Restoration of the historical anatomical collection of the University of Amsterdam

The department of experimental zoology of the University of Amsterdam has hired Biotopic for restoring its historical anatomical collection. This comparative anatomical collection was started in ± 1870 by the second professor in zoology, Max Weber (University of Amsterdam), in order to study and compare anatomical traits of animal species.

The collection contains 328 brain preparations of 165 animal species, which makes it the largest brain collection in The Netherlands. In addition, there are 1125 preparations of (parts of) skeletons, of which 575 skulls, 161 preparations of digestive tracks, 197 preparations of urogenital systems and 570 complete animals. Almost half of the specimens had never been registered. The collection is one of the oldest collections on functional and comparative anatomy in The Netherlands, and it has a great cultural, historical and educational value because it represents an important chapter in science history. In addition, the collection contains a great number of specimens of endangered species.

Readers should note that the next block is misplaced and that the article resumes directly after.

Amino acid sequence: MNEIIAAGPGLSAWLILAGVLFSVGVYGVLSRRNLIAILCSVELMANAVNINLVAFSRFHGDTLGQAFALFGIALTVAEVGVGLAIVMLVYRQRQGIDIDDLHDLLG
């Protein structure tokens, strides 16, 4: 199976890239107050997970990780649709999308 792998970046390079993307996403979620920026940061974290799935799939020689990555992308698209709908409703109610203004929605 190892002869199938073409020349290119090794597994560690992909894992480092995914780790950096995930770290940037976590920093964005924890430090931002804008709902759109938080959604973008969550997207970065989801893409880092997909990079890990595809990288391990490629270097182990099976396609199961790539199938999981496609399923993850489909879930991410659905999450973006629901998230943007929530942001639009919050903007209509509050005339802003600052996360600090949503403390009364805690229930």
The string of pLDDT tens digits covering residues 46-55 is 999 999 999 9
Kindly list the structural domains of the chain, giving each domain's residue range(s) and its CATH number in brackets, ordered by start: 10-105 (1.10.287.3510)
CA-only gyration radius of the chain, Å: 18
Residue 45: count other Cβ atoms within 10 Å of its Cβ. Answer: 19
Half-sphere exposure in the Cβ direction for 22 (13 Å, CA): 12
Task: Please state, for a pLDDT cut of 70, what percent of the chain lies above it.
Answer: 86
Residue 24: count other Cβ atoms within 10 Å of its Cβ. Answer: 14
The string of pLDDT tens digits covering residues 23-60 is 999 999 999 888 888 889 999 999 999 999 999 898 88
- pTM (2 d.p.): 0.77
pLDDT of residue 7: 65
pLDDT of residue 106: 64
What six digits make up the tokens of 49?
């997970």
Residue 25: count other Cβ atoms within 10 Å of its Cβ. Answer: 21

In the past, the collection was transported to another museum where it was stored under inferior circumstances for many years, due to a lack of funding. As a result, it showed obvious signs of deterioration. The main cause of the decay was evaporation and acidification of the conservation fluids. Other causes were dust, parasites, fungus and broken pots. Because of the bad shape that the collection was in, restoration and improvement of the storing conditions were very urgent.


The restoration of the collection became possible after the great effort that was made by S. de Jager of the University of Amsterdam and M. Schilder of the 'Agnieten kapel'. Thanks to them, the Mondriaan foundation decided to sponsor active restoration of the collection. In addition, their support enabled the construction of very good storage and display possibilities in the new building of the biology faculty that was built in 1994.

The restoration was carried out in 1997 and 1998 by Biotopic under supervision of S. de Jager. The best specimens have been put on permanent display. They are now being used for educational purposes in several courses, and as an example of the anatomical diversity in the zoological world that surrounds us.


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This project was sponsored by The Mondriaan Foundation